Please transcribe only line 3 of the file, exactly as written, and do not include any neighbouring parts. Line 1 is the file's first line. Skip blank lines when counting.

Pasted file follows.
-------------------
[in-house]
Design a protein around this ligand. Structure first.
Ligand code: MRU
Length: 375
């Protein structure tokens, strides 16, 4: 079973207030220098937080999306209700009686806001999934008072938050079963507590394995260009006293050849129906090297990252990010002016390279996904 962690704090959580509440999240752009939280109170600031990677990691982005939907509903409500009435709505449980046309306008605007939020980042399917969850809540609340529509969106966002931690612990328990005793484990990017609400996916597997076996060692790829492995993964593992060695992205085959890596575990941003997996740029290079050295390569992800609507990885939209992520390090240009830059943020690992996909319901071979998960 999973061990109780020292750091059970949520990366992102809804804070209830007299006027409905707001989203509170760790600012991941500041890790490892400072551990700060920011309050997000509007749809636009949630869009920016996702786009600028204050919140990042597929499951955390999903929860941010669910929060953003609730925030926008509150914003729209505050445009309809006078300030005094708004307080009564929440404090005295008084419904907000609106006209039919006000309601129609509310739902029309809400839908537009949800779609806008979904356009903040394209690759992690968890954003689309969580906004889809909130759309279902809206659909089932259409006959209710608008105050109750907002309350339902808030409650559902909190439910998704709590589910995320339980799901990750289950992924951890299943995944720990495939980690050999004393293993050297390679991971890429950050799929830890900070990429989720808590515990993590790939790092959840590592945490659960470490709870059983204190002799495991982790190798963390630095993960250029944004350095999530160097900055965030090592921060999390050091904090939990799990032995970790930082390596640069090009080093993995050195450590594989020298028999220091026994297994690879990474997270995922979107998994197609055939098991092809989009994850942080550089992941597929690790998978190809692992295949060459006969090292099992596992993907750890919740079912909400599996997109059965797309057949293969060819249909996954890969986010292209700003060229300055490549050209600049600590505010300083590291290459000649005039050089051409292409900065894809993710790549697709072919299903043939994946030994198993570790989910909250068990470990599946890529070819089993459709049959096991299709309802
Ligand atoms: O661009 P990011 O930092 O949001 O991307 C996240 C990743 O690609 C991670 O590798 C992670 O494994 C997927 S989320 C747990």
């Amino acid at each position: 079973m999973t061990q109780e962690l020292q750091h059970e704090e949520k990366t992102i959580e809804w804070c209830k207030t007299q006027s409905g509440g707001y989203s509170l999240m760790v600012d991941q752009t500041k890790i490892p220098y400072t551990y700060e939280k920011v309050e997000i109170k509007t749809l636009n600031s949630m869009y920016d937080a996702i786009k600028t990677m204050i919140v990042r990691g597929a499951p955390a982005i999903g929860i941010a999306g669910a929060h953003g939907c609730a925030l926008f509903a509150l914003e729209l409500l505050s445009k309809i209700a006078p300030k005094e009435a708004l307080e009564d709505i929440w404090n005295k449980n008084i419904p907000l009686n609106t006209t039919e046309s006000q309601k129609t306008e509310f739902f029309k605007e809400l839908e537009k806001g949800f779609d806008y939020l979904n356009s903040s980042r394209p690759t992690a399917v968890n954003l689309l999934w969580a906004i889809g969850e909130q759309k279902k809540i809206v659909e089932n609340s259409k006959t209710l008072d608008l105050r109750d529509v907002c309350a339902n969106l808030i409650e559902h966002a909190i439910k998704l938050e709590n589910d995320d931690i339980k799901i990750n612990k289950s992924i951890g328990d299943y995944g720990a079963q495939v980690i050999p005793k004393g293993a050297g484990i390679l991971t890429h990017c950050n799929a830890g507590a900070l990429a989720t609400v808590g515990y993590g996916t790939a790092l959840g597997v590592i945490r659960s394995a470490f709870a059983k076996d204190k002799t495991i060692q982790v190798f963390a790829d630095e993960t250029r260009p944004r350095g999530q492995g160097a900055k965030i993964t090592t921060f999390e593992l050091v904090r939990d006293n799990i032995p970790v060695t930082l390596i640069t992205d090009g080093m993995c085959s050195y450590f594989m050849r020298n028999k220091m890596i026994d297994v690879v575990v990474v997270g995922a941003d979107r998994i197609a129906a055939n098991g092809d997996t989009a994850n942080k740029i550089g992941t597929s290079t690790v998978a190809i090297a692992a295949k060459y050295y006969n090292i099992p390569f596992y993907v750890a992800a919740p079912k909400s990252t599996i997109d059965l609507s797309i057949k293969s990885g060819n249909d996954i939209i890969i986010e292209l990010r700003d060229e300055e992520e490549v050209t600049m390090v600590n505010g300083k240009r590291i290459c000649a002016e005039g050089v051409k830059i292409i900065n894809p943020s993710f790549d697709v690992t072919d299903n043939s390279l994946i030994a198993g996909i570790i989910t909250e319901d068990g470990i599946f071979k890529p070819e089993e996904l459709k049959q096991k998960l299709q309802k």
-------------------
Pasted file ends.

Ligand code: MRU